A specialized gang of espionage hackers has been focusing on government and state-owned enterprises in many Asian nations as part of an intelligence collecting operation since the beginning of 2021.
“A notable feature of these attacks is that the attackers leveraged a wide range of legitimate software packages in order to load their malware payloads using a technique known as DLL side-loading,” the Symantec Threat Hunter team, part of Broadcom Software, said in a report.
The effort is reportedly targeted solely at state-owned media, IT, telecom companies, and government organizations involved in banking, aerospace, and the military. A cyberattack technique that takes advantage of how Microsoft Windows applications handle DLL files is called dynamic-link library (DLL) side-loading. In these attacks, a malicious DLL spoofing a valid one is placed in the Windows Side-by-Side (WinSxS) directory so that the operating system loads it rather than the legitimate one.
In order to load arbitrary shellcode intended to execute further payloads, the assaults take advantage of antiquated and outdated security tools, graphics programs, and web browsers that are likely to lack mitigations for DLL side-loading. Additionally, the software packages serve as a vehicle for distributing instruments that make credential theft and lateral network movement easier.
“[The threat actor] leveraged PsExec to run old versions of legitimate software which were then used to load additional malware tools such as off-the-shelf remote access Trojans (RATS) via DLL side-loading on other computers on the networks,” noted the researchers.
A government-owned company in the Asian education sector was the target of one attack that lasted from April to July 2022. Before obtaining the domain controller, the attacker gained access to workstations storing databases and emails. A renamed version of Mimikatz dubbed “calc.exe,” an open source Golang penetration testing framework called LadonGo, as well as additional customized payloads were all launched on various hosts by the incursion using an 11-year-old version of Bitdefender Crash Handler (“javac.exe”) as well.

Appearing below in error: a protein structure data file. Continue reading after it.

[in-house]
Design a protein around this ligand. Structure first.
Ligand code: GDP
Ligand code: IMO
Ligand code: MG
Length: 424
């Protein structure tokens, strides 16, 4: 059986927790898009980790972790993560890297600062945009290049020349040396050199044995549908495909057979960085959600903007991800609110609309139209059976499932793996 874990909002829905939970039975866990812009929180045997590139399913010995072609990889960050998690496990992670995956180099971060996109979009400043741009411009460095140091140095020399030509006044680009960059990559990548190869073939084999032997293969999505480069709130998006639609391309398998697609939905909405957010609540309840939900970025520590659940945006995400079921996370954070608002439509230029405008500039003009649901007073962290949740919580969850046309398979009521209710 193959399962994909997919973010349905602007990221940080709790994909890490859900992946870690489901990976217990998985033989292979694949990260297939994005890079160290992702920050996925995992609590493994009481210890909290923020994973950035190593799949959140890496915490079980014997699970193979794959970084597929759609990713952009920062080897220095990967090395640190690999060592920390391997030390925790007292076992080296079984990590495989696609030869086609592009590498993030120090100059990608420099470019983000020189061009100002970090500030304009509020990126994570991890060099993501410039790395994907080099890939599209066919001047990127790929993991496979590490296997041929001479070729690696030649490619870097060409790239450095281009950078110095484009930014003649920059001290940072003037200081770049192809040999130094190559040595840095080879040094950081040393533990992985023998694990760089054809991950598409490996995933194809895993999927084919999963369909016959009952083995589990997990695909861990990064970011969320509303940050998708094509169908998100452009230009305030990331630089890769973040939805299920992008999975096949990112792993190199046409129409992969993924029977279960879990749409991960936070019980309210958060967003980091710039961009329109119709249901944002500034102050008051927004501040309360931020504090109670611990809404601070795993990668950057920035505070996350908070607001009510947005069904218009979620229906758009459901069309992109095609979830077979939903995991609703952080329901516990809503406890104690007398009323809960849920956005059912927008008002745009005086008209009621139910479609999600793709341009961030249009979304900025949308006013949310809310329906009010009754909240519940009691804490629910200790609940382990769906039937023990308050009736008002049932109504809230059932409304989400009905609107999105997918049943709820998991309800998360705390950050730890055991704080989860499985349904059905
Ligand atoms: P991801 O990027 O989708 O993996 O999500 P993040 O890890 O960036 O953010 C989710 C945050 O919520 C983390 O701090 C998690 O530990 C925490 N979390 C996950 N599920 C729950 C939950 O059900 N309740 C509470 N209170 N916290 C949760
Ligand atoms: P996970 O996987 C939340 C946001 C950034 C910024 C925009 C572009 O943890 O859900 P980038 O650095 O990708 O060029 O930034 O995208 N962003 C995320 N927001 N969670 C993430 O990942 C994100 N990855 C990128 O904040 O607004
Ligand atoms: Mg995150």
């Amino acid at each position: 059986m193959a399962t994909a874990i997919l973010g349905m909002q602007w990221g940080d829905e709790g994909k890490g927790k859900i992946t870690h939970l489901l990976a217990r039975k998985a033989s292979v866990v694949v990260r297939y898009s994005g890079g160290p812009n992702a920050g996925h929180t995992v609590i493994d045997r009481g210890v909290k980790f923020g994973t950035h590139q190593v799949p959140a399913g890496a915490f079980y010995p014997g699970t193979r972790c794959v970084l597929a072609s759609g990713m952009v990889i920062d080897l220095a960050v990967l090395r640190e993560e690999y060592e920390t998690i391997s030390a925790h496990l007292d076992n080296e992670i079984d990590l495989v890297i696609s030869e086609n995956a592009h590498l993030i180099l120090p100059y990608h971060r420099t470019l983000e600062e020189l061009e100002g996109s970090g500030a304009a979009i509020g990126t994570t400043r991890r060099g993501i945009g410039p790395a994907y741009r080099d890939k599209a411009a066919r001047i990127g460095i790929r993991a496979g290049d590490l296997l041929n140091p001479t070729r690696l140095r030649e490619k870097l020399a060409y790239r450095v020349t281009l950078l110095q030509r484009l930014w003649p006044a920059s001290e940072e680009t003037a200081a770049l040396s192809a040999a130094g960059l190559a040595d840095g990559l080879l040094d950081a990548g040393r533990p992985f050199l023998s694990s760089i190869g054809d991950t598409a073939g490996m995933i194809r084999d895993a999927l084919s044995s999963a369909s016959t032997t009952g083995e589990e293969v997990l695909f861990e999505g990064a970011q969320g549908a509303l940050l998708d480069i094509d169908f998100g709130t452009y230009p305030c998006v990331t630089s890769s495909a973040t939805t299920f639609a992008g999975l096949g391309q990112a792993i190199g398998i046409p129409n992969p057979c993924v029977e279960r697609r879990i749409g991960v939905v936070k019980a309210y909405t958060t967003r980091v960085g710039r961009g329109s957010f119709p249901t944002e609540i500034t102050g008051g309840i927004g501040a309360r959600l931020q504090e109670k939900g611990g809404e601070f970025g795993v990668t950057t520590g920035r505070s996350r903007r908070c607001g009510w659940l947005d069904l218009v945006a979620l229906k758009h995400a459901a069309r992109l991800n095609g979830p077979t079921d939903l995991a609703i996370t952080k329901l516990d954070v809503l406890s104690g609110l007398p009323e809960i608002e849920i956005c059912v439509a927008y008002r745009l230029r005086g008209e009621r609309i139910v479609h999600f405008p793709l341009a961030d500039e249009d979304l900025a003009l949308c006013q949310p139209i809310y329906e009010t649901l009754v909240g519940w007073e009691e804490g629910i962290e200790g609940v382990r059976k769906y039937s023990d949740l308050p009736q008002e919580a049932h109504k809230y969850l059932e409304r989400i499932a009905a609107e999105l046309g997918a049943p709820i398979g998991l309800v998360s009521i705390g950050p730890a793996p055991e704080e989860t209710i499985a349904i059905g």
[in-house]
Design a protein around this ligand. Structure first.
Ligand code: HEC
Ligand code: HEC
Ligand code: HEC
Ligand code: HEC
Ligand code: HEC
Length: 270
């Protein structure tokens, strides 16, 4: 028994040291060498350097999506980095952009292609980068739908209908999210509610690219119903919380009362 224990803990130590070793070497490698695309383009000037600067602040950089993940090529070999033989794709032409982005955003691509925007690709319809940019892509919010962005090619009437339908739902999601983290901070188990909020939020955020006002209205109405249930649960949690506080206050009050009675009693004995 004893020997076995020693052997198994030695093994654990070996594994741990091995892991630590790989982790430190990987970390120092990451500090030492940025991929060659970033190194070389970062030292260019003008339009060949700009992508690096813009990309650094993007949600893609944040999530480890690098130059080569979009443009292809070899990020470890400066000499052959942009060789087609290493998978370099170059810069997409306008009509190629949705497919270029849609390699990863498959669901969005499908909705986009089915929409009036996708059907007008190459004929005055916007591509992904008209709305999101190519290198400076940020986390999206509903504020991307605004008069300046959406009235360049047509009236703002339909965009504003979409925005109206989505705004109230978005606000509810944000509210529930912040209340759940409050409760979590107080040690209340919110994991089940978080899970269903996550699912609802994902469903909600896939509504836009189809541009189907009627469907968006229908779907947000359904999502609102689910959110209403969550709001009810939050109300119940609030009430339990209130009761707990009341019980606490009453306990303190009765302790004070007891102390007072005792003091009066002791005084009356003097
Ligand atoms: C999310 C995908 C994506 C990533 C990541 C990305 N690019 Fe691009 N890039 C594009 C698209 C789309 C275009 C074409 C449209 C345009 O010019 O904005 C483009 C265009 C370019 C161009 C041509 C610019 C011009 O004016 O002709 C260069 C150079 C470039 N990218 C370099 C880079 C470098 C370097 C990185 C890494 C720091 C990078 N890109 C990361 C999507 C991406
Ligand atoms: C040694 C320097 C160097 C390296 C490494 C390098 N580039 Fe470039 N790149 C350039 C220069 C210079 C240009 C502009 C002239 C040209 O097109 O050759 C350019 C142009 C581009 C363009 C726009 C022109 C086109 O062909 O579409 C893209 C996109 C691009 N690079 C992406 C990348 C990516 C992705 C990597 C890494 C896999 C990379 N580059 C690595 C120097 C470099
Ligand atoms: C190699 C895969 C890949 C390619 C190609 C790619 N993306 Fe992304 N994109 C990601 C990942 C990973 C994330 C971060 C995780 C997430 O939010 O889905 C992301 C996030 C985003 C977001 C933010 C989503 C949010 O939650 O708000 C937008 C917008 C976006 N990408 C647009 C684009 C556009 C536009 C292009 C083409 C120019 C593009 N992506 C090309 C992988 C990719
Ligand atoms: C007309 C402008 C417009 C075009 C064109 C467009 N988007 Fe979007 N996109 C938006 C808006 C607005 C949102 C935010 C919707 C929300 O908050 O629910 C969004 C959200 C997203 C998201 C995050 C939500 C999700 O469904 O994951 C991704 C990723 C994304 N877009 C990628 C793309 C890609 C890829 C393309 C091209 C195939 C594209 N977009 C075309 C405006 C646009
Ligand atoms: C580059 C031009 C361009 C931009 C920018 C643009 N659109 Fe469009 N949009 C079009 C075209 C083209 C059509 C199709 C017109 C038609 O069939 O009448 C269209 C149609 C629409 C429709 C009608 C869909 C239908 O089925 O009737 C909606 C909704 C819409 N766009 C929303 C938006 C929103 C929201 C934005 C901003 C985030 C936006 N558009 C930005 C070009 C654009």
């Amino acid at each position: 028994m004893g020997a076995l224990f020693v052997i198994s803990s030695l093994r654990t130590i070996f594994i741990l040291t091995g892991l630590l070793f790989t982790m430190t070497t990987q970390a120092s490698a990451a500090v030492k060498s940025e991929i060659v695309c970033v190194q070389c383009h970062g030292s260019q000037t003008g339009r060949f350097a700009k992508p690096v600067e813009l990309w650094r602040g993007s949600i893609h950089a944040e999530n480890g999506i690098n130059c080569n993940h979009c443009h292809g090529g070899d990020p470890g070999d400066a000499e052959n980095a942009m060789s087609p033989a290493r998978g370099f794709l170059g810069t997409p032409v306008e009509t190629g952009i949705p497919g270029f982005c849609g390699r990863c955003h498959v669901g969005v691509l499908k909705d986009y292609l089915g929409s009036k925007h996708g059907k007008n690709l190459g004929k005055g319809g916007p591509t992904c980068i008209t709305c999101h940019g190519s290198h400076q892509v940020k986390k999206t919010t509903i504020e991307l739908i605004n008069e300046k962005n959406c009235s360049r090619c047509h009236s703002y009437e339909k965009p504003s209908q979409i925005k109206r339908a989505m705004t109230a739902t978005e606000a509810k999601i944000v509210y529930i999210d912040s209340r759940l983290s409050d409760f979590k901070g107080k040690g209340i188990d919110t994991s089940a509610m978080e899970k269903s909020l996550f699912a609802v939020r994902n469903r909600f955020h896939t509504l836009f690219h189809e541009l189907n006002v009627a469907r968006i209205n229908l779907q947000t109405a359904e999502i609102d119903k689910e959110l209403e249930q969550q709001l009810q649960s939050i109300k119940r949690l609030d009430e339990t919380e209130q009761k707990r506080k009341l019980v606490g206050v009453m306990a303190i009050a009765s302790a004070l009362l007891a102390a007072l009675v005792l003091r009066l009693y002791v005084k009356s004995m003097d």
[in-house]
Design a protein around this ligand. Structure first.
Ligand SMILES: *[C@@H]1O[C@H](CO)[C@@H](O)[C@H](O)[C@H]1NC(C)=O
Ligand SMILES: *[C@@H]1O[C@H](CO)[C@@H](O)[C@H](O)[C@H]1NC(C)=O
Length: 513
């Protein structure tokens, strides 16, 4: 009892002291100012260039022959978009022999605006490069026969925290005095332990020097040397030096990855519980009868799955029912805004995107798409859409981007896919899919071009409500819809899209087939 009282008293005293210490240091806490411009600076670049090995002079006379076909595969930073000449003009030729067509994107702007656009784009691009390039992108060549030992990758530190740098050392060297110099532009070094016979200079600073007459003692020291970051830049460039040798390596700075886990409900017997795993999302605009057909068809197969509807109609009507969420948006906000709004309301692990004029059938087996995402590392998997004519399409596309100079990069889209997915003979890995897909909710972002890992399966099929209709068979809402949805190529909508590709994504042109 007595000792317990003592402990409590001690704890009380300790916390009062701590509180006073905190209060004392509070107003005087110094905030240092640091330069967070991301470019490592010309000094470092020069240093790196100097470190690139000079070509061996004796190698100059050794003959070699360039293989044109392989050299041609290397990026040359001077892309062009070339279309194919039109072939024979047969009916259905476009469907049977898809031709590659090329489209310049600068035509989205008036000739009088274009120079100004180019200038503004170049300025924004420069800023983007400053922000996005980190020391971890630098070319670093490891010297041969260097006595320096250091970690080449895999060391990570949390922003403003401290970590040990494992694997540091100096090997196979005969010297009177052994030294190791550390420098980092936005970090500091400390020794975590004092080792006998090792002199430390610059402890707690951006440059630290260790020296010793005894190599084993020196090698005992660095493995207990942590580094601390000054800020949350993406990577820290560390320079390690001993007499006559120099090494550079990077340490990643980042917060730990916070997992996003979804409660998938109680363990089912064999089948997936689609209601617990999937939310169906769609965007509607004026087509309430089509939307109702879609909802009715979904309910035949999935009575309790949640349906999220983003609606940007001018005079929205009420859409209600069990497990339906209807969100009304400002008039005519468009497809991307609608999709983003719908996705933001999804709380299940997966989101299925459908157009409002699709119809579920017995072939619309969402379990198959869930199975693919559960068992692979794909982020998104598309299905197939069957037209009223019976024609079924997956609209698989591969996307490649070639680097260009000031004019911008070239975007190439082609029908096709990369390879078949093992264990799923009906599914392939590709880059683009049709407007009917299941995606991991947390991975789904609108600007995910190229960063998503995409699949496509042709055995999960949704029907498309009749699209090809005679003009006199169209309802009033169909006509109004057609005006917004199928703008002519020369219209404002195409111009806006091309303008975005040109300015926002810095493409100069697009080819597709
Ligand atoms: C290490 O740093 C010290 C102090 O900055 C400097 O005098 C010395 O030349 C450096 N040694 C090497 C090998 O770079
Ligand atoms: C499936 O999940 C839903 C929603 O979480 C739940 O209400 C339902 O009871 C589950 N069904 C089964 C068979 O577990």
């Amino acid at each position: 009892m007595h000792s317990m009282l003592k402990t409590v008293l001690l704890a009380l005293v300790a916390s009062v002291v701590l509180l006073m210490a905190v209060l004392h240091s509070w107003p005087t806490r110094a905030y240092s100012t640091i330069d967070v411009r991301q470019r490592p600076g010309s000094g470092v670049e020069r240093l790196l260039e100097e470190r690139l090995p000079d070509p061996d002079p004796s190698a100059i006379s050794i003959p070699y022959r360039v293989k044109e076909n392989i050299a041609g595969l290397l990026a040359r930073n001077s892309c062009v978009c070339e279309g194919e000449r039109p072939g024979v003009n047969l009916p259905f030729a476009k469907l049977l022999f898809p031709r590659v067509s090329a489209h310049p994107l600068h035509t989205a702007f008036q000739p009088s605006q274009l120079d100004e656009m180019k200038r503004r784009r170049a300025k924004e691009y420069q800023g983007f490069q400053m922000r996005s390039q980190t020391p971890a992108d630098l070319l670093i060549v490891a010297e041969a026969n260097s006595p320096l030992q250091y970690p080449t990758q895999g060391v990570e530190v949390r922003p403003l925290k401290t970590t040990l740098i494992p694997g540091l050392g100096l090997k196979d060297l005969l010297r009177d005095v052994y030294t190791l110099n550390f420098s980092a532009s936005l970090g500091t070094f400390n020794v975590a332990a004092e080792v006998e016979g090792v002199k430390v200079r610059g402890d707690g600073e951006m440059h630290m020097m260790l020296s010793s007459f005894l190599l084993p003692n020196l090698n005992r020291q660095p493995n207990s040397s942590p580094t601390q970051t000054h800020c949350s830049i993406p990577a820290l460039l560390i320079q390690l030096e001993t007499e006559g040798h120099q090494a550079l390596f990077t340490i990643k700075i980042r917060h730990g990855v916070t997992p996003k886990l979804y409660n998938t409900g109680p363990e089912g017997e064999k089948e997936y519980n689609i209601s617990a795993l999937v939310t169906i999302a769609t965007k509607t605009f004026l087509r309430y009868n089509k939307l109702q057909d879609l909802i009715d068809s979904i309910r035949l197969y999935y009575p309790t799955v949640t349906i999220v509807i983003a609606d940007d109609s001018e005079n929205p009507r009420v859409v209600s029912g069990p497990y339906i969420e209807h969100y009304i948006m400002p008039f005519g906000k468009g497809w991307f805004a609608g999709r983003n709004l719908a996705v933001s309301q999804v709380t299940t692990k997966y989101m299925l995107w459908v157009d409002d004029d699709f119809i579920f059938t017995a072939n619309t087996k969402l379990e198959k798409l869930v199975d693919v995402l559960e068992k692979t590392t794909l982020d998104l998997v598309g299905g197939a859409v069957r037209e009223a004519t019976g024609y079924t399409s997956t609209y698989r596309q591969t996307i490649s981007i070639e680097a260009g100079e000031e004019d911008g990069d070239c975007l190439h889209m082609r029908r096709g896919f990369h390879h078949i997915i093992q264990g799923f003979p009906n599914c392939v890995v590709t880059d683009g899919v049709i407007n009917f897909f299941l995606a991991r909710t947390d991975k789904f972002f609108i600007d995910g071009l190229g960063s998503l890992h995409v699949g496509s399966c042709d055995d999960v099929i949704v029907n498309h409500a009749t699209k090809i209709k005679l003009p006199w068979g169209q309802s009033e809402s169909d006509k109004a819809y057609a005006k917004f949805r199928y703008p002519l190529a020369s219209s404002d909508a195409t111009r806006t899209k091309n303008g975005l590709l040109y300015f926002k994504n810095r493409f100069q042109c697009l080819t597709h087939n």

One of them is a feature-rich, previously undocumented information thief that can download files, log keystrokes, take screenshots, connect to and query SQL databases, and steal clipboard data. A publicly accessible intranet scanning application called Fscan is also used in the assault to conduct exploit attempts abusing the ProxyLogon Microsoft Exchange Server vulnerabilities.
The threat group’s identity is unknown, although it is said that it has previously engaged in campaigns using ShadowPad, a modular backdoor that many Chinese threat actors have adopted as a replacement for PlugX (also known as Korplug). Limited evidence, according to Symantec, links past attacks by the threat actor using the PlugX malware to other Chinese hacker organizations, including APT41 (also known as Wicked Panda) and Mustang Panda. Furthermore, past APT41-attributed attacks have been seen to sideload shellcode using a valid Bitdefender file.